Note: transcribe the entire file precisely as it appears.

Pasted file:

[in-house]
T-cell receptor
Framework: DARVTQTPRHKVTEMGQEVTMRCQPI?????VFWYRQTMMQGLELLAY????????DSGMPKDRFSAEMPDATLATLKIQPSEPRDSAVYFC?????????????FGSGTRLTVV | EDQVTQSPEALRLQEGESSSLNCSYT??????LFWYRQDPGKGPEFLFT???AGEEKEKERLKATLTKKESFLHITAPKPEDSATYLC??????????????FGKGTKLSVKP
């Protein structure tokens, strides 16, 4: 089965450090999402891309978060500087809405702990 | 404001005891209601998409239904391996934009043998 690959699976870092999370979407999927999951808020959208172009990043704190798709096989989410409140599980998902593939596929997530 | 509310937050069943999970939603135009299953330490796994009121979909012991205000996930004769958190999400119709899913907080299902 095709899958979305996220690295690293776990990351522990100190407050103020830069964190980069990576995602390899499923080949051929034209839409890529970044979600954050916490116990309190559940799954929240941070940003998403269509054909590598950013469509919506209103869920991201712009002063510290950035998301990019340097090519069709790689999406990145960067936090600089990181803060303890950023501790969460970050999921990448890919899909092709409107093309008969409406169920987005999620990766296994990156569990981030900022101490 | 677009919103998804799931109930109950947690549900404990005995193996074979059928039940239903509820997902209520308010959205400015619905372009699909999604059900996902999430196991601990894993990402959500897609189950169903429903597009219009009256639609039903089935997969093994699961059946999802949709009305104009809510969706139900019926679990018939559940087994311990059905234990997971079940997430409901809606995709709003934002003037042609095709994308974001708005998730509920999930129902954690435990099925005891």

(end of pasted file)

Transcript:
[in-house]
T-cell receptor
Framework: DARVTQTPRHKVTEMGQEVTMRCQPI?????VFWYRQTMMQGLELLAY????????DSGMPKDRFSAEMPDATLATLKIQPSEPRDSAVYFC?????????????FGSGTRLTVV | EDQVTQSPEALRLQEGESSSLNCSYT??????LFWYRQDPGKGPEFLFT???AGEEKEKERLKATLTKKESFLHITAPKPEDSATYLC??????????????FGKGTKLSVKP
């Protein structure tokens, strides 16, 4: 089965450090999402891309978060500087809405702990 | 404001005891209601998409239904391996934009043998 690959699976870092999370979407999927999951808020959208172009990043704190798709096989989410409140599980998902593939596929997530 | 509310937050069943999970939603135009299953330490796994009121979909012991205000996930004769958190999400119709899913907080299902 095709899958979305996220690295690293776990990351522990100190407050103020830069964190980069990576995602390899499923080949051929034209839409890529970044979600954050916490116990309190559940799954929240941070940003998403269509054909590598950013469509919506209103869920991201712009002063510290950035998301990019340097090519069709790689999406990145960067936090600089990181803060303890950023501790969460970050999921990448890919899909092709409107093309008969409406169920987005999620990766296994990156569990981030900022101490 | 677009919103998804799931109930109950947690549900404990005995193996074979059928039940239903509820997902209520308010959205400015619905372009699909999604059900996902999430196991601990894993990402959500897609189950169903429903597009219009009256639609039903089935997969093994699961059946999802949709009305104009809510969706139900019926679990018939559940087994311990059905234990997971079940997430409901809606995709709003934002003037042609095709994308974001708005998730509920999930129902954690435990099925005891």